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Stock Strategist

Earnings at These Two Firms Are Not Created Equal

With earnings just around the corner, we offer a few words on earnings quality.

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Given Wall Street's fixation on near-term earnings-per-share numbers, the market sometimes overlooks earnings quality--the underlying strength of a firm's reported profits. Before your eyelids drift shut, consider this: There's money to be made (and preserved) in the dry task of earnings-quality appraisal. An established body of research (Sloan (1996, 2002), Swanson and Vickrey (1997), Chan, Jegadeesh, and Lakonishok (2001), Collins and Hribar (2000), Penman and Zhang (2002)) shows that firms with high-quality earnings (i.e., strong cash earnings) tend to produce higher investment returns, while low-quality earnings are linked to underperformance.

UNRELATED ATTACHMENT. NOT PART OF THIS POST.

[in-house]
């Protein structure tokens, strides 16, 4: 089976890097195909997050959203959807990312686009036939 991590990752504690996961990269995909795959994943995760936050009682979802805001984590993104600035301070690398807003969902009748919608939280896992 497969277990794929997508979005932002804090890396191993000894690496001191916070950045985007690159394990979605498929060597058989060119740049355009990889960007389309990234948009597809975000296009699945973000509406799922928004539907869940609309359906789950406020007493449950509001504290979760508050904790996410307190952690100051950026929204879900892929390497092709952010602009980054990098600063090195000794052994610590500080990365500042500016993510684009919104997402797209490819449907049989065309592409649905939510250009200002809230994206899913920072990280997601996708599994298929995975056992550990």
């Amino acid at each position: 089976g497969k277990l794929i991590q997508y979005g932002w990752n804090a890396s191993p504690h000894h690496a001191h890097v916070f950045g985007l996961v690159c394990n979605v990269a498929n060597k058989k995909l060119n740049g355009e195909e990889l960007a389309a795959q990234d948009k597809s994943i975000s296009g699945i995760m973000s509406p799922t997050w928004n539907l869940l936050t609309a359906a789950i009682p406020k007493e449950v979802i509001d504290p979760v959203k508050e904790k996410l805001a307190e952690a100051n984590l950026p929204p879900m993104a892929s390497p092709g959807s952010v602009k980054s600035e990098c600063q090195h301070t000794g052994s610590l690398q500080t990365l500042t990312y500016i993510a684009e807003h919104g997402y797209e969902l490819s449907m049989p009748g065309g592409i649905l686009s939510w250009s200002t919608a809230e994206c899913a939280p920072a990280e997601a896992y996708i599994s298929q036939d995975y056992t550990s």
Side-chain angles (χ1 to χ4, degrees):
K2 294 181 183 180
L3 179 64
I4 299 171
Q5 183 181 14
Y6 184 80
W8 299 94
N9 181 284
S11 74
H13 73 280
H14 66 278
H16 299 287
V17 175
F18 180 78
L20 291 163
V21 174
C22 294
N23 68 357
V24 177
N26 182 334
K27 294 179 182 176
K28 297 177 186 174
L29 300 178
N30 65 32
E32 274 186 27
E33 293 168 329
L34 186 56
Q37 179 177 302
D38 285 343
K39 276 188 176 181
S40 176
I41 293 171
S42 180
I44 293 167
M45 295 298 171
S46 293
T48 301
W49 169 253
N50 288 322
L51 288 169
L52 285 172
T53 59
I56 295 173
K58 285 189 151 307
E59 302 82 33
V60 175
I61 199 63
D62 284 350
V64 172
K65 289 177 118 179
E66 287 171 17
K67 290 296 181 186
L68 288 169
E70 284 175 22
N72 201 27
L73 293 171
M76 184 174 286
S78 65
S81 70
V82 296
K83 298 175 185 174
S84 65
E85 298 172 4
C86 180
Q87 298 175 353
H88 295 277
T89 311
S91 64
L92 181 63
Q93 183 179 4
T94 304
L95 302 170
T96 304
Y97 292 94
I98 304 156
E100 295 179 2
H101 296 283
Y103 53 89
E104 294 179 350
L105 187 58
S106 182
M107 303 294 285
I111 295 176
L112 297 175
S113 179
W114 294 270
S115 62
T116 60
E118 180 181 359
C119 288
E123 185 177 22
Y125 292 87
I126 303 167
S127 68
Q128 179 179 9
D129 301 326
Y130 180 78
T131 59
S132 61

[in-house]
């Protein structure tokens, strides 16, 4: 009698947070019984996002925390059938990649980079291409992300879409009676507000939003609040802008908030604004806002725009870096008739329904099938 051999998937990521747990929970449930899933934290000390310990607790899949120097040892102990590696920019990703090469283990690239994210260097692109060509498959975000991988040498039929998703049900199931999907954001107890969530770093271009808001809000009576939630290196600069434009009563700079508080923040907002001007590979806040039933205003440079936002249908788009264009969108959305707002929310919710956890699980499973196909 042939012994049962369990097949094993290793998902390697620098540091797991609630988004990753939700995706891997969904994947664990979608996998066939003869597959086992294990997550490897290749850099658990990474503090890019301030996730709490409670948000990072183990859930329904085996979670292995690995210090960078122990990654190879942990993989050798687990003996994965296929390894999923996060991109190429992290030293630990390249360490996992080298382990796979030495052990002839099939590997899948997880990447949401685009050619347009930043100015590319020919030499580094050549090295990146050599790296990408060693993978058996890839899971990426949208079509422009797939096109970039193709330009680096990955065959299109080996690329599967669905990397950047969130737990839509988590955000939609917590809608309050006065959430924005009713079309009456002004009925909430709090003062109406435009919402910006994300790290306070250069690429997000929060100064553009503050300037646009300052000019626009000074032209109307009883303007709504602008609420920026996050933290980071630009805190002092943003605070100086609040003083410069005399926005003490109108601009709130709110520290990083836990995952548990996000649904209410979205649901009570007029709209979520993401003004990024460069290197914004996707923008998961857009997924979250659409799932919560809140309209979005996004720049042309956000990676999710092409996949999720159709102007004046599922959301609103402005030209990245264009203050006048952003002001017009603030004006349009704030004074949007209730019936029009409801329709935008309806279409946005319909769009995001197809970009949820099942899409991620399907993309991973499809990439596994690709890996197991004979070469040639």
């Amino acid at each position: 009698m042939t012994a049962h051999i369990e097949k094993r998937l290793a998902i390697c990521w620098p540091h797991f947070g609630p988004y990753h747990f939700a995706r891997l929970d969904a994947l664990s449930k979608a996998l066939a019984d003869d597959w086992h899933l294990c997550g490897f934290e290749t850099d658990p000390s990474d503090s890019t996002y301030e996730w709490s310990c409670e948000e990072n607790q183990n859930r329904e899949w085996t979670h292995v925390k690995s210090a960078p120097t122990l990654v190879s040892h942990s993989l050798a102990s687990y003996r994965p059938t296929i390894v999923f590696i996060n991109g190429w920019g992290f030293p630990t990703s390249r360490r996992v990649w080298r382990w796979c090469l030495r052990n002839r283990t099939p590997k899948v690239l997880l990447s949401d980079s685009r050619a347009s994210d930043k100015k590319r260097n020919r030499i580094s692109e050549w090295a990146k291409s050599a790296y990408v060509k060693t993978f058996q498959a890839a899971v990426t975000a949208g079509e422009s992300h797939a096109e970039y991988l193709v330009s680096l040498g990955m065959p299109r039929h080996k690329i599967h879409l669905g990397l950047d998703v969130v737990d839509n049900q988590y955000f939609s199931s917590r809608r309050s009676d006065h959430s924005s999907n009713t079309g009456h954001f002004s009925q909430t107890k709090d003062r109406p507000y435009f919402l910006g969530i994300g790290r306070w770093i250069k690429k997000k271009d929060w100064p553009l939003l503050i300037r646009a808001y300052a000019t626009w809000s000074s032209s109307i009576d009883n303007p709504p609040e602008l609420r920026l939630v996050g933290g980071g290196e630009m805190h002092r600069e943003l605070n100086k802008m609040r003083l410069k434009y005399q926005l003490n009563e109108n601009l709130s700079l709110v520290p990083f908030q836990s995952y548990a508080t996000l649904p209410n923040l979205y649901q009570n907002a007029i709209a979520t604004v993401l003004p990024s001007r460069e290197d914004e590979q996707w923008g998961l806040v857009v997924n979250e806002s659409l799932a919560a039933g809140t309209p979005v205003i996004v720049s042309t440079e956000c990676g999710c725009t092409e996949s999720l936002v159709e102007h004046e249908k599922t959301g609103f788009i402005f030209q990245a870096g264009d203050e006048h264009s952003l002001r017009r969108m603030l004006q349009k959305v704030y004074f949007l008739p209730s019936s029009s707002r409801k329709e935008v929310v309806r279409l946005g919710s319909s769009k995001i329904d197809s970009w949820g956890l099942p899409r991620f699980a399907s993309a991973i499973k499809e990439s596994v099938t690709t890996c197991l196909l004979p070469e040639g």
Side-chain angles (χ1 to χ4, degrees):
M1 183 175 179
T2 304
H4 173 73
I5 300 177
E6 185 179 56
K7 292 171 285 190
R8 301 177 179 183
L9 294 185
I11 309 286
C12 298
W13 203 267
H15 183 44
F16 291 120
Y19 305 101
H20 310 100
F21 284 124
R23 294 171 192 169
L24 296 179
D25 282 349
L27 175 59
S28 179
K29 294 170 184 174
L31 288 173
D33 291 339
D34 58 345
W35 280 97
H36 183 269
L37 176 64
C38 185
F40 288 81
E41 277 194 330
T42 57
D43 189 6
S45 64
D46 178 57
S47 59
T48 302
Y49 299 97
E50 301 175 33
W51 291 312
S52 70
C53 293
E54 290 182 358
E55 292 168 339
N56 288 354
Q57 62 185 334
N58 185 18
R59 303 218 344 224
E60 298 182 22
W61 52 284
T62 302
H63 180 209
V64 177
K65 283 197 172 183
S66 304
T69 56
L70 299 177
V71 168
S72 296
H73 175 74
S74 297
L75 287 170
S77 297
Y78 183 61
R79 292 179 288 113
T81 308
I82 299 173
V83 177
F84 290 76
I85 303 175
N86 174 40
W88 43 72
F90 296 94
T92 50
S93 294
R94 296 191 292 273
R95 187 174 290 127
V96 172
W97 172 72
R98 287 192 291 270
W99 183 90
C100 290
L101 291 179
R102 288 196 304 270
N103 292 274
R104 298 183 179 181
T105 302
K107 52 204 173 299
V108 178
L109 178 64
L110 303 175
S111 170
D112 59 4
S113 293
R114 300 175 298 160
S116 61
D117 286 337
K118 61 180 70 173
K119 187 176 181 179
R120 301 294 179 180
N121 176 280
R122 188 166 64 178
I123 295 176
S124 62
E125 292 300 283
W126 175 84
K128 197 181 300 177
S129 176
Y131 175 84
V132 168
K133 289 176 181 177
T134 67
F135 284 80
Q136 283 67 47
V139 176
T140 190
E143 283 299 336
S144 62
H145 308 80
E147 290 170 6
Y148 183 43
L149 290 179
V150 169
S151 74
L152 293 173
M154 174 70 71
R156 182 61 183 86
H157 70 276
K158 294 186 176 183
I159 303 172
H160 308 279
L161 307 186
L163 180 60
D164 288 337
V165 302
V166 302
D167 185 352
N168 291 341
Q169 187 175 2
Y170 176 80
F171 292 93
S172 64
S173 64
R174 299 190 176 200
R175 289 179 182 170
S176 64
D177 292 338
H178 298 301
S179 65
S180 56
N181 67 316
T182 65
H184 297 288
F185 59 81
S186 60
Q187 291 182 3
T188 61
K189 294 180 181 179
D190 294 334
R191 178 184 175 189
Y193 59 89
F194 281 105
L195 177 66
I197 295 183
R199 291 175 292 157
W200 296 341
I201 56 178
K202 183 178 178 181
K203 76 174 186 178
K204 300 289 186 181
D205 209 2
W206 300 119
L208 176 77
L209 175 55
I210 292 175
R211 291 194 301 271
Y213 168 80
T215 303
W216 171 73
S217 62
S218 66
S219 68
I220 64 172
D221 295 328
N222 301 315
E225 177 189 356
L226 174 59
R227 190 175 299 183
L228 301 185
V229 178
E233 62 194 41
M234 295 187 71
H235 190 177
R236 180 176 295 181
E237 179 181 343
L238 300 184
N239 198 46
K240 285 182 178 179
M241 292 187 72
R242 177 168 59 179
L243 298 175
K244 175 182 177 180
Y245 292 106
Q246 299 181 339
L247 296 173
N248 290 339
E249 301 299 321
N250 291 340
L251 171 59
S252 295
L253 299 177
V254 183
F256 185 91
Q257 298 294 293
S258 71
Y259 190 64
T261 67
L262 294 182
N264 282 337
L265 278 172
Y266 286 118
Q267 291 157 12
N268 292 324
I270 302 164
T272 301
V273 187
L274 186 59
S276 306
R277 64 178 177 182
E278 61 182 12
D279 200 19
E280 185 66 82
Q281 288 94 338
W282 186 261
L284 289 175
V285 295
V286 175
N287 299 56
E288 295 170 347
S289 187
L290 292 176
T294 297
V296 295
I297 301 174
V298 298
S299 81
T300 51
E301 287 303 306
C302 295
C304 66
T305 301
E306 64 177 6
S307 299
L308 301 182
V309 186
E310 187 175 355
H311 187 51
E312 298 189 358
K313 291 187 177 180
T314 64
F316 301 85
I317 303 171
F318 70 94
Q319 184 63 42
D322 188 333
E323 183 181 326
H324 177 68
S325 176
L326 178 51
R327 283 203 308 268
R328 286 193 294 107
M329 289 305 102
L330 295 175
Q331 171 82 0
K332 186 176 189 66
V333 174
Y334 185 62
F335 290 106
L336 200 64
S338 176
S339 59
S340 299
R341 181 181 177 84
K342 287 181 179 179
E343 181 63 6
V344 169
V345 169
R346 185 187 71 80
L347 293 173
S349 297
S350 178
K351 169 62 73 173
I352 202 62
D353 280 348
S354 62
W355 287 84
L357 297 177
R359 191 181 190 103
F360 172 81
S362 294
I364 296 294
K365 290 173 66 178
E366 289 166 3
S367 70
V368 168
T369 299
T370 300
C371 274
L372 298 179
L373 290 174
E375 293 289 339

Whether you wish to screen for earnings quality in prospective stock purchases or to track the earnings strength of firms you own already, we think the framework described below will be a handy addition to your investment tool belt. To illustrate, we serve up a couple of actionable ideas--the first, a 1-star, no-moat company with shaky profits; the second, a 5-star, wide-moat firm whose earnings are rock-solid.

Show Me the Cash
At the heart of earnings quality are accruals--accounting entries that are used to recognize income in a different period than the associated cash flow. Because cash flows can be lumpy, they may not represent a firm's true profitability for any given period of time. Management must therefore use its discretion--via accruals--in "smoothing" the earnings it reports. This flexibility is both necessary and helpful. A credit sale, for example, is still valuable even though the company hasn't yet collected the cash.